How To Make Pu-Erh Tea

How to — Tea

how-to-make-puh-erh-tea

Image (modified): Ignat Gorazd

Pu-erh tea originates out of the Yunnan province of China and comes in both raw and fermented varieties. The latter version is unique in that it undergoes a microbial fermentation process after the leaves have been dried and rolled. This gives the tea a slightly earthy, musky quality that only gets better with age, just like wine.

Pu-erh can be made from either black or green tea leaves and comes in loose leaf and compressed brick forms. Because of the fermentation process, many pu-erh teas can remain fresh for up to 50 years. To ensure you extract the best flavor from this ancient Chinese tea, we wanted to share our favorite tips on how to brew pu-erh tea.

How to make pu-erh tea​

Let's start by looking at how to brew pu-erh tea the Western way.

Start by placing the tea in your teapot. As a general rule, you should use two teaspoons to one and one-half tablespoons of tea for every six ounces of water.

The next step is to rinse the leaves with hot water for about 30 seconds. You should use just enough water to cover the leaves. This will remove any impurities that may remain in the tea from processing.

Discard the rinse water, and add more hot water for brewing. Allow your tea to steep for approximately two to five minutes, and serve. Purified or fresh spring water will provide the best flavor. You can control the depth and intensity of the flavor of the tea by adjusting the water temperature. The hotter the water, the stronger the flavor of the tea.​

The Chinese method for brewing pu-erh is slightly different and is typically done in a glass teapot, Yixing teapot, or gaiwan:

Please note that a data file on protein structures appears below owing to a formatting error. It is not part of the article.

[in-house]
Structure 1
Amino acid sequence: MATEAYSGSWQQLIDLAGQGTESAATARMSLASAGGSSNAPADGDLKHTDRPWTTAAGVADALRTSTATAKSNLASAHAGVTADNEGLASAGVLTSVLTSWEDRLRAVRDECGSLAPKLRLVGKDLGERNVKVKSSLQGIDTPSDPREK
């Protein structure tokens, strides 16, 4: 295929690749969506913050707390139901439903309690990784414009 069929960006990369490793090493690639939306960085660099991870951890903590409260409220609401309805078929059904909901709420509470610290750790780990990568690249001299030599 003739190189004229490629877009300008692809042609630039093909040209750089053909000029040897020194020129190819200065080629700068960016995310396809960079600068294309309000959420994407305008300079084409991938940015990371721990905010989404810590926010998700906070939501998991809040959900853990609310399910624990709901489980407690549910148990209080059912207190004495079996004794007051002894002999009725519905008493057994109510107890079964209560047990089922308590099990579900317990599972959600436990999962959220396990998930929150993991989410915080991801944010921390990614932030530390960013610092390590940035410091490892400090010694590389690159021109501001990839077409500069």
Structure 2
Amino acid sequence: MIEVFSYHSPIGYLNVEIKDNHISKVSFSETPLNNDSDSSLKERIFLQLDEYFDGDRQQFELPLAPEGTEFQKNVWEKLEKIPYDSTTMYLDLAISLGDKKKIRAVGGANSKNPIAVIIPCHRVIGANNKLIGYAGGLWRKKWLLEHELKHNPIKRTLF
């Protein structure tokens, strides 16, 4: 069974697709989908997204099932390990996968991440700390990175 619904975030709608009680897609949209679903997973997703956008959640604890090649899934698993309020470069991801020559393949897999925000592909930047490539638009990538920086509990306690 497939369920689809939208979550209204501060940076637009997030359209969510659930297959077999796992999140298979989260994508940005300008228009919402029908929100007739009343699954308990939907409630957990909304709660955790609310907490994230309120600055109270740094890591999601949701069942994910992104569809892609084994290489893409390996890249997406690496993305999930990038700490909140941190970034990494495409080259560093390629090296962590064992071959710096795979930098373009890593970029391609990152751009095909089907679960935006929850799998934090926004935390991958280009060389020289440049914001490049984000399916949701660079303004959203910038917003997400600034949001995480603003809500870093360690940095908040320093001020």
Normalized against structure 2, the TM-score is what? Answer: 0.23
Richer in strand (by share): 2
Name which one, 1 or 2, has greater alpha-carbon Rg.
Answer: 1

Gaiwan

Image: Yellow gaiwan

Teapot

Image: Yixing teapot

1. Start by using boiling water to wash and pre-warm your teapot, serving pitcher, tea cups, and tea filter. This removes any residue or impurities from the pot and warms the pot to ensure optimal brewing.​

2. Add tea to the teapot along with boiling water until the leaves are just covered. Discard the water after two to three seconds.

3. Repeat the rinsing process if you are using fermented pu-erh to remove the extra impurities of the fermentation process.

4. Fill the teapot with boiling water, and gently brush away the bubbles with the lid of the teapot before covering.

5. Pour some of the hot water over the lid of the teapot to keep it warm.

6. Once the water on the lid is dry, you can serve your tea. This usually takes 10 to 20 seconds.

How many times can you steep pu-erh tea?​

Pu-erh leaves can be re-steeped for multiple servings of tea by simply adding five to ten seconds to the steeping time of each subsequent infusion. The number of infusions you can get from your leaves depends on a variety of factors, including:​

  • The age of the tea
  • The quality of the tea
  • The brewing method used
  • How much water you use
  • How long you steep the tea

​The Western method of preparing pu-erh may only yield two or three infusions, while the Chinese method may provide up to 10 infusions before the flavor diminishes.

Pu-erh water temperature

The optimal temperature for brewing pu-erh tea is 210°F to 212°F, which is boiling.

The goal is to highlight the best qualities of the tea and to develop just the right amount of tannins to give the tea a complete flavor. If the water is too cool, there will not be enough tannins in the tea, and you will miss important notes in the flavor profile. If the water is too hot, the tannins will dominate and cause the tea to taste bitter.

Now that you know how to brew pu-erh tea using two different methods, we encourage you to experiment with both to determine your favorite.

Both methods will allow you to enjoy the unique flavors and dimensions of the tea but provide distinctly different results. As a general rule, the Chinese brewing method will give you a deeper, fuller flavor.​

About the Author

On the day Hannah Jordan discovered the source of true happiness, she was sitting on a cushion in a tiny teahouse tucked away on a side street in Kyoto. Between her palms, she cradled a warm teacup that emitted the fragrance of orchids and fresh grass. Now a sports journalist, Hannah collects antique teapots and has a brown belt in Jiu Jutsu.

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